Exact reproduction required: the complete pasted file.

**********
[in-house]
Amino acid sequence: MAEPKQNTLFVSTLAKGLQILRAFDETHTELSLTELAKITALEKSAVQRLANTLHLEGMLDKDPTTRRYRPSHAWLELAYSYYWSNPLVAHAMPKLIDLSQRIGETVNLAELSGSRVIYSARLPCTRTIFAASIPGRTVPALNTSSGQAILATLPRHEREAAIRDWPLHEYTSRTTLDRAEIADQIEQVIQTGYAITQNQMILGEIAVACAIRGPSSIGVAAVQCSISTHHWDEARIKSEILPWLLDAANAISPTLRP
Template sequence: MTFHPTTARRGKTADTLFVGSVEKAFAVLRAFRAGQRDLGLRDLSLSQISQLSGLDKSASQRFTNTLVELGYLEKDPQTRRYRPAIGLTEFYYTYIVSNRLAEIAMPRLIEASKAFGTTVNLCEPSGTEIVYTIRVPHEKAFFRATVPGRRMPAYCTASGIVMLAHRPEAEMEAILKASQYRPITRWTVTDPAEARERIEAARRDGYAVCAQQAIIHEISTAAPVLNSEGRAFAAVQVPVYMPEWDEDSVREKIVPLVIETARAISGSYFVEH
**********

[in-house]
Amino acid sequence: MAEPKQNTLFVSTLAKGLQILRAFDETHTELSLTELAKITALEKSAVQRLANTLHLEGMLDKDPTTRRYRPSHAWLELAYSYYWSNPLVAHAMPKLIDLSQRIGETVNLAELSGSRVIYSARLPCTRTIFAASIPGRTVPALNTSSGQAILATLPRHEREAAIRDWPLHEYTSRTTLDRAEIADQIEQVIQTGYAITQNQMILGEIAVACAIRGPSSIGVAAVQCSISTHHWDEARIKSEILPWLLDAANAISPTLRP
Template sequence: MTFHPTTARRGKTADTLFVGSVEKAFAVLRAFRAGQRDLGLRDLSLSQISQLSGLDKSASQRFTNTLVELGYLEKDPQTRRYRPAIGLTEFYYTYIVSNRLAEIAMPRLIEASKAFGTTVNLCEPSGTEIVYTIRVPHEKAFFRATVPGRRMPAYCTASGIVMLAHRPEAEMEAILKASQYRPITRWTVTDPAEARERIEAARRDGYAVCAQQAIIHEISTAAPVLNSEGRAFAAVQVPVYMPEWDEDSVREKIVPLVIETARAISGSYFVEH